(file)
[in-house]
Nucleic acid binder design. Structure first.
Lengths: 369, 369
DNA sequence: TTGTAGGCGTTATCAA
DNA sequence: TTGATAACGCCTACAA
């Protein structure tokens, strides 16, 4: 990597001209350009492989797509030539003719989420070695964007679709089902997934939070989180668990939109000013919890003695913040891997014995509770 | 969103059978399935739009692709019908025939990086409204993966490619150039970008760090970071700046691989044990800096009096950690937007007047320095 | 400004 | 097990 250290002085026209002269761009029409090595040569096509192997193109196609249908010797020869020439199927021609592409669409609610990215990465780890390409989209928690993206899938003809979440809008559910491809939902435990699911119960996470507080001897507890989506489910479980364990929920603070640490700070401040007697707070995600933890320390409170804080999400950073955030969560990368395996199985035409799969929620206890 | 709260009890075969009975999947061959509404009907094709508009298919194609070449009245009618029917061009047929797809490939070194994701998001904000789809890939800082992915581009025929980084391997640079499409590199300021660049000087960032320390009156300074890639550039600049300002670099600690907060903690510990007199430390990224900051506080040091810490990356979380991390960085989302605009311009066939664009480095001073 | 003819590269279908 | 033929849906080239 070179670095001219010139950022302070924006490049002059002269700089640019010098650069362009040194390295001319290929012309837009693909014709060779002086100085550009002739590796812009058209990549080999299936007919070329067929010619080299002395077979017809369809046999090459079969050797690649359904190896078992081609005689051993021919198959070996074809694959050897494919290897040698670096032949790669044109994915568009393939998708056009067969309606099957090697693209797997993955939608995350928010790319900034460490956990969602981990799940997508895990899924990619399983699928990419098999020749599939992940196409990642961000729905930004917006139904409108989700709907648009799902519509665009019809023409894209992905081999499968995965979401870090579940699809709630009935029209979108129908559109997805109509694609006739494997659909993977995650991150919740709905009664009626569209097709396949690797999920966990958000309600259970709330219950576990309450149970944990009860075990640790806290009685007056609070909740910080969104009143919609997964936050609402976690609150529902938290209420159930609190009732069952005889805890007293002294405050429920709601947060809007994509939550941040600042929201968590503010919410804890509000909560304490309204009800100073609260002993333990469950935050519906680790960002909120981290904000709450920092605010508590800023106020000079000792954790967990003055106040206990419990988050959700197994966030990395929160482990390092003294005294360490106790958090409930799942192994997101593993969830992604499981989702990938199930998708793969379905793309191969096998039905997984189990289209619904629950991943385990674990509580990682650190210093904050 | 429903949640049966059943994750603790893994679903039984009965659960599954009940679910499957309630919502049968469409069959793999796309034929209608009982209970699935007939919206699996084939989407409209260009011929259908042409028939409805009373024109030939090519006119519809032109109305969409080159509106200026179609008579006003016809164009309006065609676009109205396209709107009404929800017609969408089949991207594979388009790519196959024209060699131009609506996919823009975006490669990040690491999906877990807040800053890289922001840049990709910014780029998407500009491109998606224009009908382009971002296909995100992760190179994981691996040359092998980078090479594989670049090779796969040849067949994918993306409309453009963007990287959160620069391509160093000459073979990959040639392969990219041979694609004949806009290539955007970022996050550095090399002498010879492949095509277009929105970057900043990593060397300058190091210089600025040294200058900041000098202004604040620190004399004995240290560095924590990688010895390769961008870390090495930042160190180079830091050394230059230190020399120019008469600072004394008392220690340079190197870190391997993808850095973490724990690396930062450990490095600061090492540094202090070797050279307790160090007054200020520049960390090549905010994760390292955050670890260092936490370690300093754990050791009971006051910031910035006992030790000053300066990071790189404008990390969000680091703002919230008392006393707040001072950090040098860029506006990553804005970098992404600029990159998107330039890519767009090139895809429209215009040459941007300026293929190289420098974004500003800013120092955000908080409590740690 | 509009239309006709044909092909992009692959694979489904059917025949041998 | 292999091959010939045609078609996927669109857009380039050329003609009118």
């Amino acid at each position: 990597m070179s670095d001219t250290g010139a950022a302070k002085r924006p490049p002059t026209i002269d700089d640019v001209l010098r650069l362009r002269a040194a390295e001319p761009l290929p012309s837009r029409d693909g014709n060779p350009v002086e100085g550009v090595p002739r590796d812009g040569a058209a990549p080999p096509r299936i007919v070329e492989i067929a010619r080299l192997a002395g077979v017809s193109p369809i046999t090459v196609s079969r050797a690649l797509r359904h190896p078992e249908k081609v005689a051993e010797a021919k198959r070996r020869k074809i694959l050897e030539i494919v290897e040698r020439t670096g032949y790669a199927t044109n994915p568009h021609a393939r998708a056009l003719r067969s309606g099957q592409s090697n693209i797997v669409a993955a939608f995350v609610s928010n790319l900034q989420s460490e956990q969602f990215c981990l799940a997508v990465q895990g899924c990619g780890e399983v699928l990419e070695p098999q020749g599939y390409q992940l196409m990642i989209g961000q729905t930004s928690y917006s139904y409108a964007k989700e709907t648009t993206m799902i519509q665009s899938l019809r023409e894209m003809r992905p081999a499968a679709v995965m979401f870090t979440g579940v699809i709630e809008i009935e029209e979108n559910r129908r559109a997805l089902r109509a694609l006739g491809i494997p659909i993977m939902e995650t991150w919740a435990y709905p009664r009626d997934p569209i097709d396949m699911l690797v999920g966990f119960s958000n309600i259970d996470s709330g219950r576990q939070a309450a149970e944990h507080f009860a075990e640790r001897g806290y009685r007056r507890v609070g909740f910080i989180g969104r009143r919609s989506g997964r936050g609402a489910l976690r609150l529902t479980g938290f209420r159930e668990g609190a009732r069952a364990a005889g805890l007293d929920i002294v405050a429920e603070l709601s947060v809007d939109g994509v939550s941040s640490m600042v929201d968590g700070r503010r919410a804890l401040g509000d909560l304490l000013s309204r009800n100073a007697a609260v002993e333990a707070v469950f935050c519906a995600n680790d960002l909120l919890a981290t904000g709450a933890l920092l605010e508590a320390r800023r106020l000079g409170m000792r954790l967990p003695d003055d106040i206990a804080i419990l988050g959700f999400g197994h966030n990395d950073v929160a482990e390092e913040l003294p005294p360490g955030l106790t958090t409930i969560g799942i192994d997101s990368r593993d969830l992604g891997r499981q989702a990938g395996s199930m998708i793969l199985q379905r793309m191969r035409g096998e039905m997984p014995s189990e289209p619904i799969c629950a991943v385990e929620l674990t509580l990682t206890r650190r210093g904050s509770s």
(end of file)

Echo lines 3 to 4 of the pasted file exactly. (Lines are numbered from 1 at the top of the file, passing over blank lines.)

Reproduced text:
Lengths: 369, 369
DNA sequence: TTGTAGGCGTTATCAA